Wednesday May 25th


Wall Street looks to resume rally after Greek accord; oil rises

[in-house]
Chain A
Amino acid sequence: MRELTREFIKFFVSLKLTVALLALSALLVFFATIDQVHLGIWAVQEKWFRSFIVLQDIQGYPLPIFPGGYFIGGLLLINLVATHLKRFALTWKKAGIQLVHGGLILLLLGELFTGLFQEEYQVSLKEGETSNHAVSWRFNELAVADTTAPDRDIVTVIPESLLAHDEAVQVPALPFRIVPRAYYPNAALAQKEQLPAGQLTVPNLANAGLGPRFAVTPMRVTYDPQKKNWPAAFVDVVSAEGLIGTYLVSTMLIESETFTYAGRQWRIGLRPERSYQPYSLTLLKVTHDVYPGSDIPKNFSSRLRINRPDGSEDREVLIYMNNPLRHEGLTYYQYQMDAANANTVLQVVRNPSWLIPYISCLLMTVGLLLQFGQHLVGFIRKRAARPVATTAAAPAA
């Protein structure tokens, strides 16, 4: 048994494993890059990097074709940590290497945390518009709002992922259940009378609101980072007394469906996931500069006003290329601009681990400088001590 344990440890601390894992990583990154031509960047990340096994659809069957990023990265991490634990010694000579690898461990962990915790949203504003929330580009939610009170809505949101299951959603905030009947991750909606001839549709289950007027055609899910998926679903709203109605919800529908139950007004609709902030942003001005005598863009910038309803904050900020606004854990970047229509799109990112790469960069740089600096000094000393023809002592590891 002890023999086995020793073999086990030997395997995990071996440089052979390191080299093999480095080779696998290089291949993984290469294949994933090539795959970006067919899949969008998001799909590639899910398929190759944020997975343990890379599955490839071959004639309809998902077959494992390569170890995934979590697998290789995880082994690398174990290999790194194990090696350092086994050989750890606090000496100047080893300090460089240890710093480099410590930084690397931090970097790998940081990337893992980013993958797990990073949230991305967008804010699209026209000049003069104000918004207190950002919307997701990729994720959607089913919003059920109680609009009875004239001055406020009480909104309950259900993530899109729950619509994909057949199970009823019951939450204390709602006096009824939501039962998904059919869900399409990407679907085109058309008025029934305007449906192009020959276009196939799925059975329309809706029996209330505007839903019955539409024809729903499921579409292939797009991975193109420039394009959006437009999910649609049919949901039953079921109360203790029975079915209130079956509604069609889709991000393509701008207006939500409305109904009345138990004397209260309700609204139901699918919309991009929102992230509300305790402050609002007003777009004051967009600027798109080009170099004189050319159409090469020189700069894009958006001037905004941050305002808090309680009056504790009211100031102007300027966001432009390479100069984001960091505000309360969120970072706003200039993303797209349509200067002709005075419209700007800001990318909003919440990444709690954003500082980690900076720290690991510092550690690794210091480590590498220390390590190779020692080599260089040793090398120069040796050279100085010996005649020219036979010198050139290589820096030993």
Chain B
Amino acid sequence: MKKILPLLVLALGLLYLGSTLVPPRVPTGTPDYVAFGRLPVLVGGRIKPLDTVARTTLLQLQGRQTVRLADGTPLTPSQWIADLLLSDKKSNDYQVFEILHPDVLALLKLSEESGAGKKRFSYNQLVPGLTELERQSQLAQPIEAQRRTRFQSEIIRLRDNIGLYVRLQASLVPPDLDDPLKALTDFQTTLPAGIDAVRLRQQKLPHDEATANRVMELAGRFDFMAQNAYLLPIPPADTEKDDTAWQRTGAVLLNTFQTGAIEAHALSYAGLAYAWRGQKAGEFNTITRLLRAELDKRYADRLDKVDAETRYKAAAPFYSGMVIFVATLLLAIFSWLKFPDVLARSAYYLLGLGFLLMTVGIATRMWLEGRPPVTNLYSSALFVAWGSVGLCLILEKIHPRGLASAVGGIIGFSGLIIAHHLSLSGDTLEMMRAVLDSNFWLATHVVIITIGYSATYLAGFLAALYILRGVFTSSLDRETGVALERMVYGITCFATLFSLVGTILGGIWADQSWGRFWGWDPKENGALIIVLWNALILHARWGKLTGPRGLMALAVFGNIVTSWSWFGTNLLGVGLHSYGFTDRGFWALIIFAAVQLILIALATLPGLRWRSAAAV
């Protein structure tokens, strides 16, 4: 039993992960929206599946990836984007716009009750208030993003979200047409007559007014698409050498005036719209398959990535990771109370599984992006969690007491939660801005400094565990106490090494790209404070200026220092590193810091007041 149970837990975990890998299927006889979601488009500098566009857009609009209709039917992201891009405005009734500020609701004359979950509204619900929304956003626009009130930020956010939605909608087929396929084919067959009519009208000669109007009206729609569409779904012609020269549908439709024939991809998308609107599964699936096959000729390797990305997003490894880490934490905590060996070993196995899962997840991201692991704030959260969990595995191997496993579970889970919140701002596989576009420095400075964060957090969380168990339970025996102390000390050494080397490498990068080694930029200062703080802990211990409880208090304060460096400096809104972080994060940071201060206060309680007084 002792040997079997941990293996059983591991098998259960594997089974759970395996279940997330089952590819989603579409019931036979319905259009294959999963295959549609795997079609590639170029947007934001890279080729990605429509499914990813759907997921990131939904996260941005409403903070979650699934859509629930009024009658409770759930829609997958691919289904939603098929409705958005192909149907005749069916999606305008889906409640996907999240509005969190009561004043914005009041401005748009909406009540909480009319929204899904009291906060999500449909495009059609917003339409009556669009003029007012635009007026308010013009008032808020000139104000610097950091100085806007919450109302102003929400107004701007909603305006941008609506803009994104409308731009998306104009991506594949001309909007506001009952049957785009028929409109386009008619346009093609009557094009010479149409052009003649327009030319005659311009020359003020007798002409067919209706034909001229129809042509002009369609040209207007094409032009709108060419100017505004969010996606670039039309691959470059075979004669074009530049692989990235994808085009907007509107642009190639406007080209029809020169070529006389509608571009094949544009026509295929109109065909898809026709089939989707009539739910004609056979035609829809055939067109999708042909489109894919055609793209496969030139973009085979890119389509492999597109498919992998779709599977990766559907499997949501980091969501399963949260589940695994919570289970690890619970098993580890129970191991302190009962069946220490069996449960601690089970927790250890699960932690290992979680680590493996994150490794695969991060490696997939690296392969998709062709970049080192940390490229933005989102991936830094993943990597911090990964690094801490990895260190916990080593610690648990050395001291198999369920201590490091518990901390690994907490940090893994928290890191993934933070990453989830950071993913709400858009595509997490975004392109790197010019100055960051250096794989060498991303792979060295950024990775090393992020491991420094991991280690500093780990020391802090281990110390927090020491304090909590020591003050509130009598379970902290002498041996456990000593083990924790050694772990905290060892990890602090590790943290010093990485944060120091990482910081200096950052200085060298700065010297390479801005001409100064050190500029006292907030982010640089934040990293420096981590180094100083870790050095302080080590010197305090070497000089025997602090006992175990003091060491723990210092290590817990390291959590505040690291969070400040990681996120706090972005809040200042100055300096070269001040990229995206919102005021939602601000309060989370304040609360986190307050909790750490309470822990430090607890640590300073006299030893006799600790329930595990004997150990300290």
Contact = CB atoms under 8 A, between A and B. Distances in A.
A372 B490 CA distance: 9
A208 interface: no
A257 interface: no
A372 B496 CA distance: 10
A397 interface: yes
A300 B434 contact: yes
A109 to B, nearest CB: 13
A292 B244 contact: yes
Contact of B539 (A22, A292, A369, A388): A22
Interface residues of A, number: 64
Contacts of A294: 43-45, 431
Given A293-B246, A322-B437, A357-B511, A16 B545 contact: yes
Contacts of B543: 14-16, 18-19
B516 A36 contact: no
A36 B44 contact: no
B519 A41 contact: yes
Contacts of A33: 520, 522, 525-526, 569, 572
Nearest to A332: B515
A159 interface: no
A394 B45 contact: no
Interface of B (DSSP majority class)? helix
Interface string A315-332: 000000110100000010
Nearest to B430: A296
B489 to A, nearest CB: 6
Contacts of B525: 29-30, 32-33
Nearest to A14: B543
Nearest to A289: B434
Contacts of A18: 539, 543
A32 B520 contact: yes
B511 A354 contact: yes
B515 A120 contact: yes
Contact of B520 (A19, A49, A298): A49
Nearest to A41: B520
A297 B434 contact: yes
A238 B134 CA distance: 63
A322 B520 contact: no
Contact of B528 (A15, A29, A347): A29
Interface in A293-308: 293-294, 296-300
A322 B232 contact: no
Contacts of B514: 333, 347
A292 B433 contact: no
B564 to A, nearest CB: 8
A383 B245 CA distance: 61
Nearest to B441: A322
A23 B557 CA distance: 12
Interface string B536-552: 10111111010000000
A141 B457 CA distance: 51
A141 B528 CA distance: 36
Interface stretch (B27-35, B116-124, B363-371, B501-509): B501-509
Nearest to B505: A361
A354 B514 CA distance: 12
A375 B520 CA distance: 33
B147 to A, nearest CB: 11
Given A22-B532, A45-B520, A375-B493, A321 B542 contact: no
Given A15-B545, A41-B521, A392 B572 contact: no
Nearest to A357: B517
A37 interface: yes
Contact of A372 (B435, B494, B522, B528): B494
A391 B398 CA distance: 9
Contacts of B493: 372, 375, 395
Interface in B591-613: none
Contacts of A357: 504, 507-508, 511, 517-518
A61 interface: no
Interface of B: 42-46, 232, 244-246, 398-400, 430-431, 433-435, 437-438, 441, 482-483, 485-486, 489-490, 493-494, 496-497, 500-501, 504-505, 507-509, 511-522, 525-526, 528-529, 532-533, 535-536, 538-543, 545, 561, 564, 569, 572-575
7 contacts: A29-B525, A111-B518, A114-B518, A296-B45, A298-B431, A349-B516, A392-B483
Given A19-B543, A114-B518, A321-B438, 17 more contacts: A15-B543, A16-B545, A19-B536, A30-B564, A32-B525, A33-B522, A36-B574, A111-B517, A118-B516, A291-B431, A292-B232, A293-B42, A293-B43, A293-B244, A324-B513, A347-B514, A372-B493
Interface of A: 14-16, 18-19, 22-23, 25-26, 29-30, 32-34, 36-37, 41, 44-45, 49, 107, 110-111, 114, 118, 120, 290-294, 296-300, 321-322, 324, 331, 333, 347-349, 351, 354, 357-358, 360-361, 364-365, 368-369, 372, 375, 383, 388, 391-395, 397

U.S. stock index futures indicated a higher open Wednesday, continuing a "risk-on" rally in global indexes after positive economic data, rising oil prices, and a new debt deal for Greece. U.S. stocks posted their best day since March on Tuesday with gains of more than 1 percent, following encouraging reports on the housing market. But the positive news continued overnight with euro zone finance ministers agreeing with Greece and the International Monetary Fund (IMF) on what they called a "breakthrough" deal that will address Athens' requests for debt relief. European stocks were trading higher on Wednesday morning with Asian shares also posting gains overnight. Japan's Nikkei 225 closed up 258.59 points, or 1.57 percent, at 16,757.35, with shares receiving an additional boost from a relatively weaker yen against the dollar. Across the Korean Strait, the Kospi advanced 22.83 points, or 1.18 percent, to 1,960.51. In Hong Kong, the Hang Seng index ended up 537.62 points, or 2.71 percent, to 20,368.05. Down Under, the benchmark S&P/ASX 200 closed up 76.94 points, or 1.45 percent, at 5,372.51, led by gains in the heavily-weighted financials subindex, as well as the energy and materials sub-indexes. Chinese mainland markets gave up morning gains to close lower, with the Shanghai composite down 6.38 points, or 0.23 percent, at 2,815.27, and the Shenzhen composite lower by 4.37 points, or 0.24 percent, at 1,800.22. "Anyone tiring of the sideways moves in equity indices should be thrilled. We have finally broken out of the range and despite some technical signals to the contrary, the move has been to the upside," Brenda Kelly, the head analyst at London Capital Group, said in a note. "Yesterday's surprisingly good new home sales data out of the U.S. was something of a catalyst – but I would not rule out this being a temporary squeeze before the next leg down for U.S. indices." On Wednesday, earnings are due from Costco and NetApp, among others. The U.S. advance April goods trade deficit was $57.53 billion, Reuters said. The Federal Housing Finance Agency's house price index at 9 a.m. ET. Also on Wednesday, the U.S. Energy Information Administration oil and fuel releases inventory data at 10:30 a.m. EDT. Meanwhile, investors will also monitor comments from Federal Reserve members for more hints on when the central bank could next raise rates. Philadelphia Fed's Patrick Harker is due to speak at 9 a.m. ET, Minneapolis Fed President Neel Kashkari will speak at 11:40 a.m. ET and Dallas Fed President Rob Kaplan will talk at 1:30 p.m. ET. Overnight, St. Louis Fed President James Bullard told CNBC that a U.S. Federal Reserve rate hike in June or July wasn't set in stone, but labor data suggested it was time to pull the trigger. "There's no reason to prejudge June," Bullard said, adding that the Federal Open Markets Committee would look at the data and decide then. Oil rose towards $50 a barrel on Wednesday for the first time in seven months, driven by expectations that shrinking supply will help erode any overhang of unwanted crude, particularly after industry data showed a sharp fall in U.S. inventories. A series of outages around the world, such as wildfires in Canada and a spate of violence in Nigeria's oil-producing region, has helped cut global oil supply by nearly 4 million barrels per day this month. Although these hitches are temporary, they have contributed to a drop in the supply glut that has plagued the market for nearly two years. Brent crude futures were up 65 cents at $49.26 a barrel by 7:13 a.m. ET (1113 GMT), while U.S. crude futures rose 58 cents to $49.20 a barrel. Gold fell to a seven-week low on Wednesday after upbeat U.S. home sales data in the previous session boosted expectations that the Federal Reserves will press ahead with interest rate hikes in the near term. The metal has fallen more than 4 percent since Fed meeting minutes last Wednesday revived expectations for an imminent rate increase. Gold is sensitive to rising interest rates, which lift the opportunity cost of holding non-yielding assets. Spot gold was down 0.28 percent at $1,223.11 an ounce, off an earlier low of $1,220.24. U.S. gold futures for June delivery were down $5.80 at $1,223.40.